Published By: Orion
Released On: 14/10/2021
Loretta loves running the little village sewing shop in Butterbury. Some of her most previous memories are sitting with her three daughters Daisy, Ginny and Fern, stitching together pieces of material – and their hopes and dreams.
But this Christmas, the family is coming apart at the seams: Fern feels like she is failing at motherhood and marriage, Ginny’s passion for her job as a midwife is fading, Daisy is desperate to prove she has changed since her wild younger years – and most of all, Loretta seems to be hiding something.
As they come together to create a new festive quilt, the bond between the sisters begins to heal. But when Loretta reveals the real reason she has brought them all home, can the sisters mend the quilt, and their family, in time for Christmas?
*Contains minor spoilers*
Thanks to Orion for the gifted copy of this title in return for an honest review.
This is such a sweet little festive book. With so many characters, this could have been confusing trying to get your head round who was who and what their connection was, but Helen has made it very concise that it is clear what’s going on. The three sisters, Daisy, Ginny and Fern, are so different, but have enough shared history and characteristics that it’s clear they’re sisters, even if they have had their differences. The other characters of Loretta, Ivor, Lucas, Joshua, Carrie, Harry, Everett, Jacob and Cooper all bring their own individual personalities to the book to make the sisters’ lives in Butterbury just that little bit more interesting.
As someone who lost her father young, and just before Christmas, I know how difficult those days, weeks, months, even years of grief can be, especially when the remaining family members are all together for big occasions, such as the festivities. It’s hard to accept they’re gone and that you’re new future is the new normal. And whilst, the family in this book through slightly different circumstances than myself, I think Helen has got a really good grasp on how to depict different ways to cope with grief without being over the top or insensitive.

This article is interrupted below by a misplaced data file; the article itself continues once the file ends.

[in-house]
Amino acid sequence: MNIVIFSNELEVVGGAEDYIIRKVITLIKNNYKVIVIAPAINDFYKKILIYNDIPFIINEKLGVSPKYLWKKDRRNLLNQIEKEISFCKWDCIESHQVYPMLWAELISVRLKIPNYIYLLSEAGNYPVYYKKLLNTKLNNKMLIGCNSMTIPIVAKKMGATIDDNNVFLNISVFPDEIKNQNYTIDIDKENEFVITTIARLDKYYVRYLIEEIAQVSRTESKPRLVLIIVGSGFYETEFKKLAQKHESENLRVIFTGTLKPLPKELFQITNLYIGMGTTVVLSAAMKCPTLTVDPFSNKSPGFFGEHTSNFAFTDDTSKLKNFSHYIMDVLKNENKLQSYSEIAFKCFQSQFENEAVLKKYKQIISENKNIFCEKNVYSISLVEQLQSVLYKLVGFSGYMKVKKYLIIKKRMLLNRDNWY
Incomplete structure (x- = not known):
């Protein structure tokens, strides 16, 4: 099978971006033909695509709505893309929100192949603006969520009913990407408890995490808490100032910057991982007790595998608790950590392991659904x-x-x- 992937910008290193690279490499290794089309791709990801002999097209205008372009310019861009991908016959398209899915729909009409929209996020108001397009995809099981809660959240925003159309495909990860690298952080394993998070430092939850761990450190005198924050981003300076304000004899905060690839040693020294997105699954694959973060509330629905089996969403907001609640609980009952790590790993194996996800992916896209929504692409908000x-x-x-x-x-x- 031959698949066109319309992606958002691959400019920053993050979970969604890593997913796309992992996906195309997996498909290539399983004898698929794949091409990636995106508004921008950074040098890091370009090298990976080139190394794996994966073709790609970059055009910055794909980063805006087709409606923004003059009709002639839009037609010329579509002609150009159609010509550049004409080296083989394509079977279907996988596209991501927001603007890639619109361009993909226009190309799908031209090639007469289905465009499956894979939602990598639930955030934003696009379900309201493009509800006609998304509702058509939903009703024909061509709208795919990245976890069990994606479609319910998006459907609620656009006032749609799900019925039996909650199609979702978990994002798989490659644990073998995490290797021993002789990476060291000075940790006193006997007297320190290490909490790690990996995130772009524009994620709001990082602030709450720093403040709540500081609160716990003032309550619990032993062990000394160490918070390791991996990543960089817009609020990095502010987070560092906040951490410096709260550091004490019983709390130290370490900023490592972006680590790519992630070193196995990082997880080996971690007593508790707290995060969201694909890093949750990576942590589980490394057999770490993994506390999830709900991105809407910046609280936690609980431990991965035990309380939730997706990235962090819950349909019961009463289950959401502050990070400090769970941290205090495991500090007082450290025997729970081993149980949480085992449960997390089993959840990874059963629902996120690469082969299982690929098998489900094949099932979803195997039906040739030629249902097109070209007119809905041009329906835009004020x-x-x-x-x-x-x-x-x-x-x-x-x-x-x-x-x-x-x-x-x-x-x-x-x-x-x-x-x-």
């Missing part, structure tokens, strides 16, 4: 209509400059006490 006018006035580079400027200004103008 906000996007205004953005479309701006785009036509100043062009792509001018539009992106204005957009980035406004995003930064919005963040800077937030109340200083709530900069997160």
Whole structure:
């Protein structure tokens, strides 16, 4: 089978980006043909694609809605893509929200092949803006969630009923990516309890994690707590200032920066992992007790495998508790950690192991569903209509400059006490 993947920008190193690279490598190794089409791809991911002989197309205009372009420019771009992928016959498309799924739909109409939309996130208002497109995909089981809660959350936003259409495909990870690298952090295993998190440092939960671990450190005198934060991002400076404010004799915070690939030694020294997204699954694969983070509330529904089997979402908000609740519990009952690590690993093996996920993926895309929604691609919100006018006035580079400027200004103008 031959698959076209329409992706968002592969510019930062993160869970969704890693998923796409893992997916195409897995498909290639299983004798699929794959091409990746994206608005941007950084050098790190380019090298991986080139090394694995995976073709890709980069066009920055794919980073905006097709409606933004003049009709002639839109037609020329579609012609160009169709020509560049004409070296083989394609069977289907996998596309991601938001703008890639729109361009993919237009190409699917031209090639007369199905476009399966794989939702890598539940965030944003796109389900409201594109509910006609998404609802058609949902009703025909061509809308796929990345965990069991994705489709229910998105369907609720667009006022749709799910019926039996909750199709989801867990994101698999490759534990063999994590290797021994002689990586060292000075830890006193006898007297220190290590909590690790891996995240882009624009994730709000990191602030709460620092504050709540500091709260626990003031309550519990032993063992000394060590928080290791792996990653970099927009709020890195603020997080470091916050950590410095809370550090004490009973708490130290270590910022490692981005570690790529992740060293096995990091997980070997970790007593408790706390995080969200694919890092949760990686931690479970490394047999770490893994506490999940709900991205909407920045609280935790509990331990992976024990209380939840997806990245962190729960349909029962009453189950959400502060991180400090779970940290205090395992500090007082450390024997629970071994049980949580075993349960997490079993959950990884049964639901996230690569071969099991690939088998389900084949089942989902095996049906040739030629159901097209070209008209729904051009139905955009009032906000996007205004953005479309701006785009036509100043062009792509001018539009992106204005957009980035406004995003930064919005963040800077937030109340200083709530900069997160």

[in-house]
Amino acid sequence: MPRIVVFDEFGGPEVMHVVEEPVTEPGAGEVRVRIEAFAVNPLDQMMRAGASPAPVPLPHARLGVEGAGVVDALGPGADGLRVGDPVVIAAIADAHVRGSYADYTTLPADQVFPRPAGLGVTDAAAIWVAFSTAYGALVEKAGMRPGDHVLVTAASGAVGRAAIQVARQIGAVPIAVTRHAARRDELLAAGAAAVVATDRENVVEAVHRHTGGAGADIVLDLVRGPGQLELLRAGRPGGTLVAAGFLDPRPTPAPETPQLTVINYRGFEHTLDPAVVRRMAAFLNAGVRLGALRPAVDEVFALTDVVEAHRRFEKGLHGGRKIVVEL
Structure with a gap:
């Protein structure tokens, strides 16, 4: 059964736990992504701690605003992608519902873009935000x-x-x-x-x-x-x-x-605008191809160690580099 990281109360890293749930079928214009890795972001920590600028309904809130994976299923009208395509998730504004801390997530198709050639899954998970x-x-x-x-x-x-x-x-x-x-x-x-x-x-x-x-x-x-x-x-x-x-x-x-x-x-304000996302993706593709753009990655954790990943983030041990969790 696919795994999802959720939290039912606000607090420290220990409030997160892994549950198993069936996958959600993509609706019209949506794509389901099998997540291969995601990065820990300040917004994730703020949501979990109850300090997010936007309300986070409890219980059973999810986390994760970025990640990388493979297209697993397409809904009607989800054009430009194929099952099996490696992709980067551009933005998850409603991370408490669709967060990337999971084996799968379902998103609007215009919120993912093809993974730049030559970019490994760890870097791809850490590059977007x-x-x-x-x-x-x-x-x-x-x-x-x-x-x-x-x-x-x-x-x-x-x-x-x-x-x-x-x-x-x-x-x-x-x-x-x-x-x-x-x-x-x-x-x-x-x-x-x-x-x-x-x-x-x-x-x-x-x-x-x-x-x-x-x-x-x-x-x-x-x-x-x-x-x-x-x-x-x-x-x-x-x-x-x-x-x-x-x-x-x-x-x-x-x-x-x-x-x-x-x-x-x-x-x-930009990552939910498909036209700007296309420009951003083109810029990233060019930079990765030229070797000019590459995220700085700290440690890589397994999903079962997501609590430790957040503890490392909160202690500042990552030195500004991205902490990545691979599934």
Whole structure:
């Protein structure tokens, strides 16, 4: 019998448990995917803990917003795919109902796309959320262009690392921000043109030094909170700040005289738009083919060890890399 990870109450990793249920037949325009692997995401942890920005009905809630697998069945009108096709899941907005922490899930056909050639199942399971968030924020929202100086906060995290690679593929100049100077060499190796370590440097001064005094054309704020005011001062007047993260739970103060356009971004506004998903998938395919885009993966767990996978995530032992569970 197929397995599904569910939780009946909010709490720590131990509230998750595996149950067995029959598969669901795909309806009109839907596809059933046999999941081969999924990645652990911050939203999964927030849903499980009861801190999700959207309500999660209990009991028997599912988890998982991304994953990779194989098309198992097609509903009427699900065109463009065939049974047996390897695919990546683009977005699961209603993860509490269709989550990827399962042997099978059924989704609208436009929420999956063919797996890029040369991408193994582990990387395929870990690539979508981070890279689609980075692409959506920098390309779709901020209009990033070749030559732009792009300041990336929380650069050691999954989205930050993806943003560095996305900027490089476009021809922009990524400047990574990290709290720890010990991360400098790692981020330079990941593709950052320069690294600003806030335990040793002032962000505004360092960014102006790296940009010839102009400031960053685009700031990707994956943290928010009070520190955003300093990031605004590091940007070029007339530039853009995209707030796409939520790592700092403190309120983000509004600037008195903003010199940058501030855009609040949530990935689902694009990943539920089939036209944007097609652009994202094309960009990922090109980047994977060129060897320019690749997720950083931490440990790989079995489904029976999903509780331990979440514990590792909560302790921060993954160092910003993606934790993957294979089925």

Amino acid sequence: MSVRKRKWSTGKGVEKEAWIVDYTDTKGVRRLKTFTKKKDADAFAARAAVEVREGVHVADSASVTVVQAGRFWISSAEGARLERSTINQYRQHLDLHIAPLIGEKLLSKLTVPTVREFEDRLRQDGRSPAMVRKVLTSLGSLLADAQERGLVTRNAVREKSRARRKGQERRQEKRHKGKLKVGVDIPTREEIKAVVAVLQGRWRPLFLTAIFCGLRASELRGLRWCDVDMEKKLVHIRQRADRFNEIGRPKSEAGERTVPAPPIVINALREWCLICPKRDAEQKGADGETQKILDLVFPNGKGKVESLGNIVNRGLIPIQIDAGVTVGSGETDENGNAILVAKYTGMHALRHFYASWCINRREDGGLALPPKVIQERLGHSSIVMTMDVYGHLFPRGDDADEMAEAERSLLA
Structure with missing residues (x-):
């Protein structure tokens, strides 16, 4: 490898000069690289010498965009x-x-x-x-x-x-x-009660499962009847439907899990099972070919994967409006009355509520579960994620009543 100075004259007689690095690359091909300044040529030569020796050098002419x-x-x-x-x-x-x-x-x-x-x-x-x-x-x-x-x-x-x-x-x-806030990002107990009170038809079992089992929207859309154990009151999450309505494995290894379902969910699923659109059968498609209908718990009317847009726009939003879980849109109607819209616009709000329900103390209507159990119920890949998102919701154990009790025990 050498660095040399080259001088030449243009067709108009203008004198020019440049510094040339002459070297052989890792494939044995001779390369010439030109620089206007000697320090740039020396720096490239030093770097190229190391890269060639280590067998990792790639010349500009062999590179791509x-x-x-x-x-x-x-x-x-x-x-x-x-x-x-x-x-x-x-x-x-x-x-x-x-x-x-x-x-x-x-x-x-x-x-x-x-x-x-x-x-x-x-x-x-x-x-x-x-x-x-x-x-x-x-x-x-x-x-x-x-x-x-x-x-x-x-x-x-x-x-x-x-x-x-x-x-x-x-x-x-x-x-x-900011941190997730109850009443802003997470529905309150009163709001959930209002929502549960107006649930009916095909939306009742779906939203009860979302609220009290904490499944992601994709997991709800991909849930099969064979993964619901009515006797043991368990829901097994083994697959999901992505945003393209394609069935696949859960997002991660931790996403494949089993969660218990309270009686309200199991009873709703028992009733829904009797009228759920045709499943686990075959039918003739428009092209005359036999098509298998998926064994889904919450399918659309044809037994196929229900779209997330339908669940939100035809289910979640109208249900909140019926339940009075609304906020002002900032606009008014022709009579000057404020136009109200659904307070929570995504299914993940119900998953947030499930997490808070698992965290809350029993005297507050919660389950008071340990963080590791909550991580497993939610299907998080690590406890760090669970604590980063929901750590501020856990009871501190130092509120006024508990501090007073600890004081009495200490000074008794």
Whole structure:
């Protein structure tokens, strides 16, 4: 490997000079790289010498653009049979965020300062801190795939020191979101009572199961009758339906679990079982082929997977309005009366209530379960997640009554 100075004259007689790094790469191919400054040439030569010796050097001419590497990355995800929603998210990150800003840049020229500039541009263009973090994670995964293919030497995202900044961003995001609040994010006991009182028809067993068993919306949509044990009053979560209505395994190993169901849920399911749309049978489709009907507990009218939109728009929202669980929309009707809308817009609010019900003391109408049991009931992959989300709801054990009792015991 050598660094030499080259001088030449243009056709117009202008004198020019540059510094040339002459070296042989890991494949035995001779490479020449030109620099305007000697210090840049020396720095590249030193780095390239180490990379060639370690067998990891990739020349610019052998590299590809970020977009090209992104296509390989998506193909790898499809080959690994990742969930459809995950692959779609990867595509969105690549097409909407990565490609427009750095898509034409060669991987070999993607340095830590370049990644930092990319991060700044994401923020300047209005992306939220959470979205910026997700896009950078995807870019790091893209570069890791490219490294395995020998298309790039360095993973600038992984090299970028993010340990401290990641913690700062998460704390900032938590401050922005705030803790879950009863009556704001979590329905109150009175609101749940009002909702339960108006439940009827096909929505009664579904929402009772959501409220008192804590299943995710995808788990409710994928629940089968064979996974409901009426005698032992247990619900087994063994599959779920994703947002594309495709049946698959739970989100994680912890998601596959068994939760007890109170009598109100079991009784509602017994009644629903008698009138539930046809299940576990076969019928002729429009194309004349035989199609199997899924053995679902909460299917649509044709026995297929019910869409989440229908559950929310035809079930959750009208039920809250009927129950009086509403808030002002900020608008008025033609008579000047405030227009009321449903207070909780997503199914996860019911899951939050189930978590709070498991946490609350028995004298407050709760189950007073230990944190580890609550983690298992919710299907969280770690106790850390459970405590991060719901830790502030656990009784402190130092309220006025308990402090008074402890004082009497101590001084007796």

I love the setting of a haberdashery! I have always loved sewing machines and fabric and playing around with the idea of making my own soft furnishings and clothing. And then I remember I can barely use a sewing machine to sew a straight line let alone anything else. But I can really appreciate the magic that comes with browsing a sewing shop, touching all the fabrics and losing yourself in the wonder of it all. That combined with the inevitable feeling of magic and wonder of Christmas time, I think this is a beautiful book that, whilst touching on some difficult subjects, shows that underneath everything, family really is the most important gift of all.